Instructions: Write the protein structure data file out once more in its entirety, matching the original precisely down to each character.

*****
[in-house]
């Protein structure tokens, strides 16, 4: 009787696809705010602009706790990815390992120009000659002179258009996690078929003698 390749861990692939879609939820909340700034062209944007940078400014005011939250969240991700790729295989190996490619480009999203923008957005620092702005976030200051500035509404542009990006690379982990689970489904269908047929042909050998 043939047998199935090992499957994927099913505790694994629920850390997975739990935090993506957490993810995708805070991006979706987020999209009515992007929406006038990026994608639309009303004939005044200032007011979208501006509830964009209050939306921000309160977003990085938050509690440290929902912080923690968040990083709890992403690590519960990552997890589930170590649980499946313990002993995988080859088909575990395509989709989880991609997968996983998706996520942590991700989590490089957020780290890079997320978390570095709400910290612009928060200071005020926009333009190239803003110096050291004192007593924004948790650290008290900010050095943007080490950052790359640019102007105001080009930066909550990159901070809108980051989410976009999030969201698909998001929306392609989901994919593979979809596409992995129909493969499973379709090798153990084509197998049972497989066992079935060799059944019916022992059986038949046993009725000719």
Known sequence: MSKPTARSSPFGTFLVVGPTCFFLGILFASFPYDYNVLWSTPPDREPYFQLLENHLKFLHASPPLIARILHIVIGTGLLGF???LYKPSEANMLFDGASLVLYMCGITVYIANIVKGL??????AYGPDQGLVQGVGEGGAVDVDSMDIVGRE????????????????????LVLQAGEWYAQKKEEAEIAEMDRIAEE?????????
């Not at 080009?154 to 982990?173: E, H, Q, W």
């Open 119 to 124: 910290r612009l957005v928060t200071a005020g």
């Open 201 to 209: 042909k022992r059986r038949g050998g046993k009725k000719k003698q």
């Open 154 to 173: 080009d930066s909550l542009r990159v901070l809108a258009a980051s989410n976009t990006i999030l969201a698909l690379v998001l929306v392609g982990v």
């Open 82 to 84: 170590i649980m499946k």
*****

[in-house]
């Protein structure tokens, strides 16, 4: 009787696809705010602009706790990815390992120009000659002179258009996690078929003698 390749861990692939879609939820909340700034062209944007940078400014005011939250969240991700790729295989190996490619480009999203923008957005620092702005976030200051500035509404542009990006690379982990689970489904269908047929042909050998 043939047998199935090992499957994927099913505790694994629920850390997975739990935090993506957490993810995708805070991006979706987020999209009515992007929406006038990026994608639309009303004939005044200032007011979208501006509830964009209050939306921000309160977003990085938050509690440290929902912080923690968040990083709890992403690590519960990552997890589930170590649980499946313990002993995988080859088909575990395509989709989880991609997968996983998706996520942590991700989590490089957020780290890079997320978390570095709400910290612009928060200071005020926009333009190239803003110096050291004192007593924004948790650290008290900010050095943007080490950052790359640019102007105001080009930066909550990159901070809108980051989410976009999030969201698909998001929306392609989901994919593979979809596409992995129909493969499973379709090798153990084509197998049972497989066992079935060799059944019916022992059986038949046993009725000719």
Known sequence: MSKPTARSSPFGTFLVVGPTCFFLGILFASFPYDYNVLWSTPPDREPYFQLLENHLKFLHASPPLIARILHIVIGTGLLGF???LYKPSEANMLFDGASLVLYMCGITVYIANIVKGL??????AYGPDQGLVQGVGEGGAVDVDSMDIVGRE????????????????????LVLQAGEWYAQKKEEAEIAEMDRIAEE?????????
């Not at 080009?154 to 982990?173: E, H, Q, W």
């Open 119 to 124: 910290r612009l957005v928060t200071a005020g």
């Open 201 to 209: 042909k022992r059986r038949g050998g046993k009725k000719k003698q």
């Open 154 to 173: 080009d930066s909550l542009r990159v901070l809108a258009a980051s989410n976009t990006i999030l969201a698909l690379v998001l929306v392609g982990v």
């Open 82 to 84: 170590i649980m499946k």